On April 14 during a visit five-day visit to China by Prime Minister Johanna Sigurdardottir, Iceland became the first European country to sign a free-trade agreement with China after nearly six years of talks. The deal will lower tariffs on a range of goods traded between the two countries.
Trade between China and Iceland rose 21 percent in 2012 to $180 million, according to China’s Ministry of Foreign Trade. Iceland’s exports to China, which totaled $61 million last year, consisted of mostly fish. Experts say China is interested in Iceland’s geothermal energy expertise, while Iceland is still reeling from the financial crisis and looking for ways to prop up its economy.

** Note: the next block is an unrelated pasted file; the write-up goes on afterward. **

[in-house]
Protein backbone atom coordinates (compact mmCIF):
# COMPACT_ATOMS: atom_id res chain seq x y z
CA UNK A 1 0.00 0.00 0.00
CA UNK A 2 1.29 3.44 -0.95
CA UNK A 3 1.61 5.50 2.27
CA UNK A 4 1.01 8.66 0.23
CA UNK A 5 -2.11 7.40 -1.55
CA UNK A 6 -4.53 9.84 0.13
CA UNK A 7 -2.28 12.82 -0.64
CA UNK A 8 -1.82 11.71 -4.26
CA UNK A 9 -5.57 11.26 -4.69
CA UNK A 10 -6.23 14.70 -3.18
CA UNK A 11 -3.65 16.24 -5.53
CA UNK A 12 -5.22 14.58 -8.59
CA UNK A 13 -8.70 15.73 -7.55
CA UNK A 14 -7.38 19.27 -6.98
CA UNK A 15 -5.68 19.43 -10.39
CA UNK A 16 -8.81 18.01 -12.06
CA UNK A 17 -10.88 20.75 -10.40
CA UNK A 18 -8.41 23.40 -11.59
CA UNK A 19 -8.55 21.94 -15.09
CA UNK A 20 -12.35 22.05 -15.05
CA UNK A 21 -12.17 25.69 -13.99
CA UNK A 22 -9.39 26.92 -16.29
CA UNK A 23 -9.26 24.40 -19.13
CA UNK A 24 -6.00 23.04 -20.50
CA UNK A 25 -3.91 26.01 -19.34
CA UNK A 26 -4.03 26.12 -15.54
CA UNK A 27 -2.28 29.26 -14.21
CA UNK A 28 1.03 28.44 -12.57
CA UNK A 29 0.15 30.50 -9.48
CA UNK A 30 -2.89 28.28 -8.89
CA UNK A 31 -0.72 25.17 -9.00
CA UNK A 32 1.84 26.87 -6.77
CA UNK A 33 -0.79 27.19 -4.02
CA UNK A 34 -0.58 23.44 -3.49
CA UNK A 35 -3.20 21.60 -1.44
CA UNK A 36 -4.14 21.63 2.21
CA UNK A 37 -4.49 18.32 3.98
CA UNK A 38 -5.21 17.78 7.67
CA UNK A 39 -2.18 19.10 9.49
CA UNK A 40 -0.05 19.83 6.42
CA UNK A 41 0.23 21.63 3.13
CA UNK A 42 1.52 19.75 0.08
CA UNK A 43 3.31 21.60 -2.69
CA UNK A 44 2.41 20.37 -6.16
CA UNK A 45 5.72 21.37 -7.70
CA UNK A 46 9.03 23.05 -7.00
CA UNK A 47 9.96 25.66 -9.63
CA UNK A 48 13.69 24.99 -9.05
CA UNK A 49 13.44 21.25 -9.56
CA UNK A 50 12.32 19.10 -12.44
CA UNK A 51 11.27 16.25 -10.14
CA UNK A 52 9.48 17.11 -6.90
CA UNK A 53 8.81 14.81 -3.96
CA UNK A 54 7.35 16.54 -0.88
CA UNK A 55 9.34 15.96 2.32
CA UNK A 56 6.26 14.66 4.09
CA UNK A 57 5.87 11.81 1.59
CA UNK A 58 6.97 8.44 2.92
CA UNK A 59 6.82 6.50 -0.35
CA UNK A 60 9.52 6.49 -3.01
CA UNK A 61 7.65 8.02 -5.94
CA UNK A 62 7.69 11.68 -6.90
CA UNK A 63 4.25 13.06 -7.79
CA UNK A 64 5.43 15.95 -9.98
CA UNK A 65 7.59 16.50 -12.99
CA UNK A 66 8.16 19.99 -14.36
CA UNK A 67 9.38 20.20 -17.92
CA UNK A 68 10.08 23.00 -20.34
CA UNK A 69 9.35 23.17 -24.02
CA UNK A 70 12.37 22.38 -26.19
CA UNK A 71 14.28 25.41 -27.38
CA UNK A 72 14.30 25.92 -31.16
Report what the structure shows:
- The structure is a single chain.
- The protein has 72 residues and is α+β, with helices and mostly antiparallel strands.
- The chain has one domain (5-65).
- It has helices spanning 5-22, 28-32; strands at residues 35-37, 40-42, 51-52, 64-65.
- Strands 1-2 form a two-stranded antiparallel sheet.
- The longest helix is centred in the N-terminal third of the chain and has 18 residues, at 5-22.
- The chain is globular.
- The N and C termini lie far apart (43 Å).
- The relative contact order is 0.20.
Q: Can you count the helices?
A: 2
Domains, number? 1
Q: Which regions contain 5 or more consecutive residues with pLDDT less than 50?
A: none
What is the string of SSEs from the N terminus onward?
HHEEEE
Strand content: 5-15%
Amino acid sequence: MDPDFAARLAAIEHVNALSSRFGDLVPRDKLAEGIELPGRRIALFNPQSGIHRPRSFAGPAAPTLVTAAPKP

“It’s important for Iceland to conclude pacts like this to strengthen trade following the economic collapse,” Sigurdardottir told Bloomberg News.
Iceland gets about 25 percent of its power from geothermal energy, according to Bloomberg News. The two countries also issued a joint statement calling for cooperation on “human rights, gender equality, labor issues, Arctic affairs, as well as cooperation on geothermal development, culture, education and tourism,” according to the New York Times.